LED lighting can also make life easier, and safer, for individual employees. Brighter light can be precisely targeted to the discrete workspace of an older employee whose vision might not be as strong as it once was. Workers might even personally customize the lighting that their workspaces receive, making those spaces maximally comfortable—and safer. Precision tasks could call for a different lighting treatment than non-specialized tasks do.

    LED light promotes safety, too, by the mere fact of its being “instantly on.” An LED system blazes into full life as soon as you hit the “on” switch. By contrast, the high-pressure sodium lighting systems that used to represent the industrial standard can take minutes to reach full power. Accidents can happen as such systems gear up.
    No lighting system can foster safety if it fails to work, leaving employees in the dark. Here too LED lighting, and in particular smart LED lighting, improves on what used to be the status quo. Some LED light sources can last 50 times longer than incandescent lamps do. An LED luminaire that lights a dark corner for 11 years is by definition “safer” than a traditional lamp that illuminates it for a mere two, because it involves less downtime. It pays safety dividends, too, by requiring fewer worker trips up ladders to change it.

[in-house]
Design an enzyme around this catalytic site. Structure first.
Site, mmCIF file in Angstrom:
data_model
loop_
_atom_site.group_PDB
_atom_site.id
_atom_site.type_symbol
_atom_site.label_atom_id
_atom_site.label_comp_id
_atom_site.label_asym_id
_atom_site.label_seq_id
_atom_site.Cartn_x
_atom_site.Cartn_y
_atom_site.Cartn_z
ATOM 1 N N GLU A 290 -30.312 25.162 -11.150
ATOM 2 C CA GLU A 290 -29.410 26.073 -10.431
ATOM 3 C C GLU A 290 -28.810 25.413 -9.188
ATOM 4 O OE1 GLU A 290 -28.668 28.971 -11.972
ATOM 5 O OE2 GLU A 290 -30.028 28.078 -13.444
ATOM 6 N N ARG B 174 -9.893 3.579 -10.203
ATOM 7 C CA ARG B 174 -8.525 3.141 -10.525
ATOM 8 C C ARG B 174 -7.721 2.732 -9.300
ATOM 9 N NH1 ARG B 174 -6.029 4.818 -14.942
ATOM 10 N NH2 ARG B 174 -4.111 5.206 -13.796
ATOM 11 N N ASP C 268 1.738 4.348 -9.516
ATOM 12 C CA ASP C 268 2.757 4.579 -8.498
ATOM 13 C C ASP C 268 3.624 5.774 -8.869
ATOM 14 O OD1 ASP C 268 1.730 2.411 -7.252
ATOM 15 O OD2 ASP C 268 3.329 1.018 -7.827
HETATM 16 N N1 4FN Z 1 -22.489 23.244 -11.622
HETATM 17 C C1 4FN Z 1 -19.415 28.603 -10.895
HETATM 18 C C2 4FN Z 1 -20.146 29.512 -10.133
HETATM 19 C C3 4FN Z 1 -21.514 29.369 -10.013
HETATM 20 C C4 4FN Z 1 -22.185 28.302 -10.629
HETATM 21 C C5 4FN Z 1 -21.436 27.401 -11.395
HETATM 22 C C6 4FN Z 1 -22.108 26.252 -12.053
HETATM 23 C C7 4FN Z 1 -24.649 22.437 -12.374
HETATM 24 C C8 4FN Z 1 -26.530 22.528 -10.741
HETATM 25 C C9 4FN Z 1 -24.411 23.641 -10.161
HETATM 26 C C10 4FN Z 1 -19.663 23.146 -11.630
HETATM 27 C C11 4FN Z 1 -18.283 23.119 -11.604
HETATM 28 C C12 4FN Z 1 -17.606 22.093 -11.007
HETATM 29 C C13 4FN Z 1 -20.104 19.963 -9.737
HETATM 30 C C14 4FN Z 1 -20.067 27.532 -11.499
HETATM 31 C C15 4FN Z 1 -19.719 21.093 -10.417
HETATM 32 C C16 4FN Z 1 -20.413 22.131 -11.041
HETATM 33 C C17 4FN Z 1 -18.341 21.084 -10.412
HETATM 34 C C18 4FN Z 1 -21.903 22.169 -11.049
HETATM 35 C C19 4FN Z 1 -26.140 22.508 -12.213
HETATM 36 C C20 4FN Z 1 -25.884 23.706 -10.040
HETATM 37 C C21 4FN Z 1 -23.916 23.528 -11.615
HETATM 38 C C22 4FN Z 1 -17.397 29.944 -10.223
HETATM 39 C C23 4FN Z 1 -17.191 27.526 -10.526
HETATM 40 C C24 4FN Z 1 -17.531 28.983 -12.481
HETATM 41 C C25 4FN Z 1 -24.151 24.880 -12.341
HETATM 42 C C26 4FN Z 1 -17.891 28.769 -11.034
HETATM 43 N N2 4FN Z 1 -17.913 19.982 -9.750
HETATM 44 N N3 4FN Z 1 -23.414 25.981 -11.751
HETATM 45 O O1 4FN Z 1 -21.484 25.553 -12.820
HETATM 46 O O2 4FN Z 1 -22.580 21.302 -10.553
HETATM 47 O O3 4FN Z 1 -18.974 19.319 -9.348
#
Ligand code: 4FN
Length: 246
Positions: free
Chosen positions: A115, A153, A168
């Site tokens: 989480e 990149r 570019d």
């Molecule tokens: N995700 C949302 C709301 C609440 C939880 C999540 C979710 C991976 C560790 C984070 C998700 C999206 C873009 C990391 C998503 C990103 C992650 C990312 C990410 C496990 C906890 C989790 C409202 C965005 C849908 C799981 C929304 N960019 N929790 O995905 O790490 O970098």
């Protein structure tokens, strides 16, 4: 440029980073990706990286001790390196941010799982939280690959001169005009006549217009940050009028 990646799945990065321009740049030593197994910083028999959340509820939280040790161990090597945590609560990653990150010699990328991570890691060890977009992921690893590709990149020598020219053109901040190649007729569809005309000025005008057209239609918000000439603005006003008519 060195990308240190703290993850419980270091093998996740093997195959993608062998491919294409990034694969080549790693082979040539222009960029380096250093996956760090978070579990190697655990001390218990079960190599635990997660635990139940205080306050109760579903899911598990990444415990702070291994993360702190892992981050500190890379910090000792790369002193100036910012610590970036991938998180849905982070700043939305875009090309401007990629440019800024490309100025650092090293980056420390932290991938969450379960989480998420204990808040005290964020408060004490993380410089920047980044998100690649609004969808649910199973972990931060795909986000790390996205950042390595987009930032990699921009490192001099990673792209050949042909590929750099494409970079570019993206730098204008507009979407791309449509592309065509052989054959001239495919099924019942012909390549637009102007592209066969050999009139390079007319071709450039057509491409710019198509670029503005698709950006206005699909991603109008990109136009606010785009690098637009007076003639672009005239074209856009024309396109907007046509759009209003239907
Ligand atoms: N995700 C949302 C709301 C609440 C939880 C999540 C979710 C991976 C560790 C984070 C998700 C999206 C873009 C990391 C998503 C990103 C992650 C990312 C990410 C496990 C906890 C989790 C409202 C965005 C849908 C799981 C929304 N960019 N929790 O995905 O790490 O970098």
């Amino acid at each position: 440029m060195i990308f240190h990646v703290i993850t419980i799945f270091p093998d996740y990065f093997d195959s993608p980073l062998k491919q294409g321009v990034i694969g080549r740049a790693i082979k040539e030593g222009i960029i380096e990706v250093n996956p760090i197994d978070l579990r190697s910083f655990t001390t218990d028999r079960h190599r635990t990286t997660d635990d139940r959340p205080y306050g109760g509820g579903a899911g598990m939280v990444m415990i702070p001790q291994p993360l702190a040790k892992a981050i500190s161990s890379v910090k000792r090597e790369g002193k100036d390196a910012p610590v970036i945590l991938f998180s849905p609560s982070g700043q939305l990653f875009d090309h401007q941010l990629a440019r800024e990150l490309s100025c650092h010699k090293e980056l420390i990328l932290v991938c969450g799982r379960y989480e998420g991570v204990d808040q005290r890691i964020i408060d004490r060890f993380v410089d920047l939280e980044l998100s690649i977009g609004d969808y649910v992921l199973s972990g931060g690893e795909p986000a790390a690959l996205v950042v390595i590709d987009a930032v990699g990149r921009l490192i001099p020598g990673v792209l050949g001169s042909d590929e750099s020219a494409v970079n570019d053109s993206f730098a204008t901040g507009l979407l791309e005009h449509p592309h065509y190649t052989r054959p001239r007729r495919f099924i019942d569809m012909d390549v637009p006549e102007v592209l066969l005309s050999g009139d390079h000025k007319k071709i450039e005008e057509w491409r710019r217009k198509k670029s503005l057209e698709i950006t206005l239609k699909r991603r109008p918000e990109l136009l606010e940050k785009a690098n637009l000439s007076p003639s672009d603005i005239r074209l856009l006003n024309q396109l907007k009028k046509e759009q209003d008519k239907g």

Second, smart LED lighting platforms, which serve not only to light up spaces but also to deploy sensor-driven IoT technology, can cut down or even eliminate system downtime. Thousands of sensors embedded in a smart system can feed back to managers data that can help them assess which lamps, luminaires, or other components are set to fail. A smart system essentially monitors itself and issues warnings about its own condition, expediting replacement and repair before workers are left in the dark. Reactive maintenance will soon be a thing of the past.

    With pandemic diseases on everyone’s minds, responsible employers need reliable methods to ensure that employees are maintaining proper distancing on the job. Motion and occupancy sensors may have a role to play here. But health isn’t the only thing at risk in the COVID-19 era: so is the integrity of supply chains and of industrial processes in general. For the foreseeable future, a newly vulnerable industrial complex will have every incentive to make sure that disruptions are kept to a minimum. The industrial IoT, delivered via lighting systems, can play a key role in meeting that challenge.

    Interact Industry IoT lighting software and systems afford the distributed connectivity that smart applications, like many of those described above, require. Advanced data-driven application such as HCL and asset tracking are still in development, but Interact Industry offers many applications today that can make an industrial facility a safer, better place to work—including scene management, lighting and lighting asset management, and space management.  

    About the author

    Headshot of Ton van de Wiel
    Ton van de Wiel is the global segment lead for industrial end-users within Signify and co-founder of Interact. With over twenty years of business experience, he now works to shape tomorrow’s world of smart manufacturing and warehousing as enabled via connected lighting.